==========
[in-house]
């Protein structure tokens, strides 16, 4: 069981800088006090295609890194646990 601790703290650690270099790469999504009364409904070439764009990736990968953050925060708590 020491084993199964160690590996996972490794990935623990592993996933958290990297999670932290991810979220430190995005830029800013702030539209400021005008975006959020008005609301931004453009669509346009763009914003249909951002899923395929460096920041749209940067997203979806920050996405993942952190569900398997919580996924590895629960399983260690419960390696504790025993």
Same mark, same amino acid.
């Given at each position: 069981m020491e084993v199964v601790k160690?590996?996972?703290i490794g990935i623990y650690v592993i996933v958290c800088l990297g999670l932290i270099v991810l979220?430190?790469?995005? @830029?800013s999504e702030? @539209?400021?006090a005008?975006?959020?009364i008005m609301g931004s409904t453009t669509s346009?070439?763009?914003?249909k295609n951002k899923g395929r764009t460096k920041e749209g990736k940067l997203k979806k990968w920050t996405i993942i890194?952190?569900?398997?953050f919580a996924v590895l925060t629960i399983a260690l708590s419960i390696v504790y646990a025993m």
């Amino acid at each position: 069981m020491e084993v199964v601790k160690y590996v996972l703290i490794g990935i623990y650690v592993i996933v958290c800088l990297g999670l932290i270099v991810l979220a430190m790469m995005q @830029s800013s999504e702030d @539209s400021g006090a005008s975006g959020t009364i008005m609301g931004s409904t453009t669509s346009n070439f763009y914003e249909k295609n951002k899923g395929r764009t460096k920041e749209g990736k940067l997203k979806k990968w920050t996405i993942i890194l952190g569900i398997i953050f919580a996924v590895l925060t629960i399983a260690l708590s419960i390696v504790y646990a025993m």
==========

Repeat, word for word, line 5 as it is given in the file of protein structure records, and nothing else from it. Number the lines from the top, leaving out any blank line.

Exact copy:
């Amino acid at each position: 069981m020491e084993v199964v601790k160690y590996v996972l703290i490794g990935i623990y650690v592993i996933v958290c800088l990297g999670l932290i270099v991810l979220a430190m790469m995005q @830029s800013s999504e702030d @539209s400021g006090a005008s975006g959020t009364i008005m609301g931004s409904t453009t669509s346009n070439f763009y914003e249909k295609n951002k899923g395929r764009t460096k920041e749209g990736k940067l997203k979806k990968w920050t996405i993942i890194l952190g569900i398997i953050f919580a996924v590895l925060t629960i399983a260690l708590s419960i390696v504790y646990a025993m």